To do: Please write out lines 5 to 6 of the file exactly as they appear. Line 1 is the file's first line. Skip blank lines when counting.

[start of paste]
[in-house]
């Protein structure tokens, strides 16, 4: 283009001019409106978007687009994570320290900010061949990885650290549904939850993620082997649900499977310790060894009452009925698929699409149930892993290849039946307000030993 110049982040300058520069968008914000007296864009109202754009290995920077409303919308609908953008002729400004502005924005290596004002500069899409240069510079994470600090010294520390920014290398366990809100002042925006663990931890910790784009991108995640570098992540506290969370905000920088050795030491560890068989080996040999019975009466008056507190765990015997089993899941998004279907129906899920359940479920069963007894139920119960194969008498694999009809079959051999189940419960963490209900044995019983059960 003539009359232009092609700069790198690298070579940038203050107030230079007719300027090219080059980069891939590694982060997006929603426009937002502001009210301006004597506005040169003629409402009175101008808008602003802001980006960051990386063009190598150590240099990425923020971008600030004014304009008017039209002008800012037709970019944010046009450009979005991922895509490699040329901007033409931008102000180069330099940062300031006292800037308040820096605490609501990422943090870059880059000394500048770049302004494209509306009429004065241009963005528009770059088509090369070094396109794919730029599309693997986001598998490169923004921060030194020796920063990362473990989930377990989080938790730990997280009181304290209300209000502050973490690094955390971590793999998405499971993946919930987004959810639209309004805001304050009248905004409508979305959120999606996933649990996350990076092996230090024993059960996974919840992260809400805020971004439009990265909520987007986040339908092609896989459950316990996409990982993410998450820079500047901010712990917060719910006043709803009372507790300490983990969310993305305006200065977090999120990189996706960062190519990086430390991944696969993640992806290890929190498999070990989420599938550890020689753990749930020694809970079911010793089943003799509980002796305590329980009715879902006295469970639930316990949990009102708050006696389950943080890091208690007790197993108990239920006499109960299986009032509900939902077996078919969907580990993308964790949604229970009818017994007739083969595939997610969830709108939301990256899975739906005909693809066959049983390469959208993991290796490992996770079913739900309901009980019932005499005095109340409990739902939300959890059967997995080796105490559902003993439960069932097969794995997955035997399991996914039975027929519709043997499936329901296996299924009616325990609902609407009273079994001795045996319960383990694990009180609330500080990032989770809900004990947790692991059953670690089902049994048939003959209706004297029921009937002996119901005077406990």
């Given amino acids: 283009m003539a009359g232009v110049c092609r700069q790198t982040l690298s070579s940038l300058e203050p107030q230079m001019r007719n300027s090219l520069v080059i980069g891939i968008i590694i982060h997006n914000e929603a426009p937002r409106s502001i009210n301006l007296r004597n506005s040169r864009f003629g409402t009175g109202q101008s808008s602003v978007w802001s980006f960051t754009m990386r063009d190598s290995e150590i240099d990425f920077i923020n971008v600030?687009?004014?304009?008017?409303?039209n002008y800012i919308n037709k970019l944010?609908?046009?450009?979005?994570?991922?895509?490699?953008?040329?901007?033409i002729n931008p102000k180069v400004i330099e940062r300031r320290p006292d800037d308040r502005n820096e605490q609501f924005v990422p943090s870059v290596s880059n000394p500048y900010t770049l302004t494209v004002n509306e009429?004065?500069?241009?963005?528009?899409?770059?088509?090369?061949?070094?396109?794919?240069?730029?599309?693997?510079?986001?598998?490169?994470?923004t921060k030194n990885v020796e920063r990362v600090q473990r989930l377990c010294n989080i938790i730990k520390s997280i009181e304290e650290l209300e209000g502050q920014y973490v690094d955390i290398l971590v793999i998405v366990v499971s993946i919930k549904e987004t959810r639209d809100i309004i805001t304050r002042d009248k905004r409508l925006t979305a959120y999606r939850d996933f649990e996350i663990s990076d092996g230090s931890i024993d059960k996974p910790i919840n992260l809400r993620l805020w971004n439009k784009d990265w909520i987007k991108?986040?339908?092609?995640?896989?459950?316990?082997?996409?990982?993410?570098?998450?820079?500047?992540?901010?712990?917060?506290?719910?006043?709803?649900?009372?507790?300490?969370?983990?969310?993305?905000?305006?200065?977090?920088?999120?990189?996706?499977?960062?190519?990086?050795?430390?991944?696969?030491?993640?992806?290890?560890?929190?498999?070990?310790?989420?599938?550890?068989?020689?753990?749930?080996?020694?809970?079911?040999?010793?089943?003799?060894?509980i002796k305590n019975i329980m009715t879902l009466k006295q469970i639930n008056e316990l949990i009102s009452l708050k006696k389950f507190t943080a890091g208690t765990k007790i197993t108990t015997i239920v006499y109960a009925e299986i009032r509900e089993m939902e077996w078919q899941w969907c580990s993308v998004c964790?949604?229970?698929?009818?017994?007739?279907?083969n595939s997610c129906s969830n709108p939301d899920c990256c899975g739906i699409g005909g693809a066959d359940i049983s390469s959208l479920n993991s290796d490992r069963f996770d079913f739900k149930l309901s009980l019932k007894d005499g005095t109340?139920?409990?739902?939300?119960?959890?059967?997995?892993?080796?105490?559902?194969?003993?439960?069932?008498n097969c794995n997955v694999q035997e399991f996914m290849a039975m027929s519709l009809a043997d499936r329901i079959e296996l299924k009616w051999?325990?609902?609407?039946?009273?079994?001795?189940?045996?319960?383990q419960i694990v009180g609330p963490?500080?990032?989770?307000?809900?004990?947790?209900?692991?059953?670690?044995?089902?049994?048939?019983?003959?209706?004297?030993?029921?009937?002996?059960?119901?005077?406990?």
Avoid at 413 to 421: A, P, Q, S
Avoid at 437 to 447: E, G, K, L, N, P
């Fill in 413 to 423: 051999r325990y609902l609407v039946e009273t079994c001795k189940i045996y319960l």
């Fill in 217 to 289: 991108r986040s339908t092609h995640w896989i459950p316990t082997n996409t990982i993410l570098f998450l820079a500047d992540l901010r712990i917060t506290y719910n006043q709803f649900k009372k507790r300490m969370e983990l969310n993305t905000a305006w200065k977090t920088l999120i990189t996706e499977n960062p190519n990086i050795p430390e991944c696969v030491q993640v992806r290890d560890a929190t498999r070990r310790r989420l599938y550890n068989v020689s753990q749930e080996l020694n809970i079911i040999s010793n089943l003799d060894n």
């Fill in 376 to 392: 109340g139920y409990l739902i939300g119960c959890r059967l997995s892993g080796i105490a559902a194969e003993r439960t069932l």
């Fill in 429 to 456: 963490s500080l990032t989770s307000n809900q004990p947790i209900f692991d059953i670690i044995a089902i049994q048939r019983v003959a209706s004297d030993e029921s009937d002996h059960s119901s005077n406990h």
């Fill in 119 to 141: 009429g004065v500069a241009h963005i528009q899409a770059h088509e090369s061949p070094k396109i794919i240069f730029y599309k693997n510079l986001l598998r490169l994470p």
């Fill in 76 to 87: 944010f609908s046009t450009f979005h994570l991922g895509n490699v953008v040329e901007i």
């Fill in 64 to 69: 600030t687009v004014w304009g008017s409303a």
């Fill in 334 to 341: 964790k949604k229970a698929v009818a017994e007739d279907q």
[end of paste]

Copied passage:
Avoid at 437 to 447: E, G, K, L, N, P
């Fill in 413 to 423: 051999r325990y609902l609407v039946e009273t079994c001795k189940i045996y319960l």